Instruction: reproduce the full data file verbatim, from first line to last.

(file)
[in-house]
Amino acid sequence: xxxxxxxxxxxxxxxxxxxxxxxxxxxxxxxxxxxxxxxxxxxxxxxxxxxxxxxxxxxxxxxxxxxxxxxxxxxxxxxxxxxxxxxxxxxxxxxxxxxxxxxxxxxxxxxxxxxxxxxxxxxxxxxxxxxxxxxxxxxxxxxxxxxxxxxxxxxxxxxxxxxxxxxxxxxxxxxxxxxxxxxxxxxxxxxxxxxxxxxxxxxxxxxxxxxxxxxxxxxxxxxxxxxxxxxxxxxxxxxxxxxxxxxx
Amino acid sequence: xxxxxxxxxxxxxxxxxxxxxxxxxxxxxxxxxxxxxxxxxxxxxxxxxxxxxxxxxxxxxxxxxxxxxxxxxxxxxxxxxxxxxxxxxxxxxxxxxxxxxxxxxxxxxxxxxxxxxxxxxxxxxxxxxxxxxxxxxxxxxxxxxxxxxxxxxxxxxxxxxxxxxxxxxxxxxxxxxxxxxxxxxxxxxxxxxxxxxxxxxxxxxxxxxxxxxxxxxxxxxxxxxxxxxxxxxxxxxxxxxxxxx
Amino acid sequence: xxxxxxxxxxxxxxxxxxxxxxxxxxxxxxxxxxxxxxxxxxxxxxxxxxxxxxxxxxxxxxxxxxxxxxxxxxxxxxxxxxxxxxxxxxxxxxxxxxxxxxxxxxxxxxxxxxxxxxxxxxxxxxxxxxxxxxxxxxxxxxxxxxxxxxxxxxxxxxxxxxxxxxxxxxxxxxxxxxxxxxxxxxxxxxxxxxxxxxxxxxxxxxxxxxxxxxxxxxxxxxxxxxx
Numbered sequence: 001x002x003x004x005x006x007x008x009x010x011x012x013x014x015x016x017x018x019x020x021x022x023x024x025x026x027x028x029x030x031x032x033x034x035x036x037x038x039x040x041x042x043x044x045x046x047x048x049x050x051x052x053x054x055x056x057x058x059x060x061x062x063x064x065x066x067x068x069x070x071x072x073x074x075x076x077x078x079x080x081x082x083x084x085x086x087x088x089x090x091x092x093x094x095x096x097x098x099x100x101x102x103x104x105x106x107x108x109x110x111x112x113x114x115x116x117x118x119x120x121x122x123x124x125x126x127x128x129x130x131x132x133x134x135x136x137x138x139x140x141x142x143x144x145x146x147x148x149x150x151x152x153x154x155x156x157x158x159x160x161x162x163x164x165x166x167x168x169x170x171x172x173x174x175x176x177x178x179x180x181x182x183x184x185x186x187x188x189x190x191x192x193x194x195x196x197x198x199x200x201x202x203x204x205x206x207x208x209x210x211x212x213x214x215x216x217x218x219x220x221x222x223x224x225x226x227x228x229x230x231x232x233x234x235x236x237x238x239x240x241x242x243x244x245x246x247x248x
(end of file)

[in-house]
Amino acid sequence: xxxxxxxxxxxxxxxxxxxxxxxxxxxxxxxxxxxxxxxxxxxxxxxxxxxxxxxxxxxxxxxxxxxxxxxxxxxxxxxxxxxxxxxxxxxxxxxxxxxxxxxxxxxxxxxxxxxxxxxxxxxxxxxxxxxxxxxxxxxxxxxxxxxxxxxxxxxxxxxxxxxxxxxxxxxxxxxxxxxxxxxxxxxxxxxxxxxxxxxxxxxxxxxxxxxxxxxxxxxxxxxxxxxxxxxxxxxxxxxxxxxxxxxx
Amino acid sequence: xxxxxxxxxxxxxxxxxxxxxxxxxxxxxxxxxxxxxxxxxxxxxxxxxxxxxxxxxxxxxxxxxxxxxxxxxxxxxxxxxxxxxxxxxxxxxxxxxxxxxxxxxxxxxxxxxxxxxxxxxxxxxxxxxxxxxxxxxxxxxxxxxxxxxxxxxxxxxxxxxxxxxxxxxxxxxxxxxxxxxxxxxxxxxxxxxxxxxxxxxxxxxxxxxxxxxxxxxxxxxxxxxxxxxxxxxxxxxxxxxxxxx
Amino acid sequence: xxxxxxxxxxxxxxxxxxxxxxxxxxxxxxxxxxxxxxxxxxxxxxxxxxxxxxxxxxxxxxxxxxxxxxxxxxxxxxxxxxxxxxxxxxxxxxxxxxxxxxxxxxxxxxxxxxxxxxxxxxxxxxxxxxxxxxxxxxxxxxxxxxxxxxxxxxxxxxxxxxxxxxxxxxxxxxxxxxxxxxxxxxxxxxxxxxxxxxxxxxxxxxxxxxxxxxxxxxxxxxxxxxx
Numbered sequence: 001x002x003x004x005x006x007x008x009x010x011x012x013x014x015x016x017x018x019x020x021x022x023x024x025x026x027x028x029x030x031x032x033x034x035x036x037x038x039x040x041x042x043x044x045x046x047x048x049x050x051x052x053x054x055x056x057x058x059x060x061x062x063x064x065x066x067x068x069x070x071x072x073x074x075x076x077x078x079x080x081x082x083x084x085x086x087x088x089x090x091x092x093x094x095x096x097x098x099x100x101x102x103x104x105x106x107x108x109x110x111x112x113x114x115x116x117x118x119x120x121x122x123x124x125x126x127x128x129x130x131x132x133x134x135x136x137x138x139x140x141x142x143x144x145x146x147x148x149x150x151x152x153x154x155x156x157x158x159x160x161x162x163x164x165x166x167x168x169x170x171x172x173x174x175x176x177x178x179x180x181x182x183x184x185x186x187x188x189x190x191x192x193x194x195x196x197x198x199x200x201x202x203x204x205x206x207x208x209x210x211x212x213x214x215x216x217x218x219x220x221x222x223x224x225x226x227x228x229x230x231x232x233x234x235x236x237x238x239x240x241x242x243x244x245x246x247x248x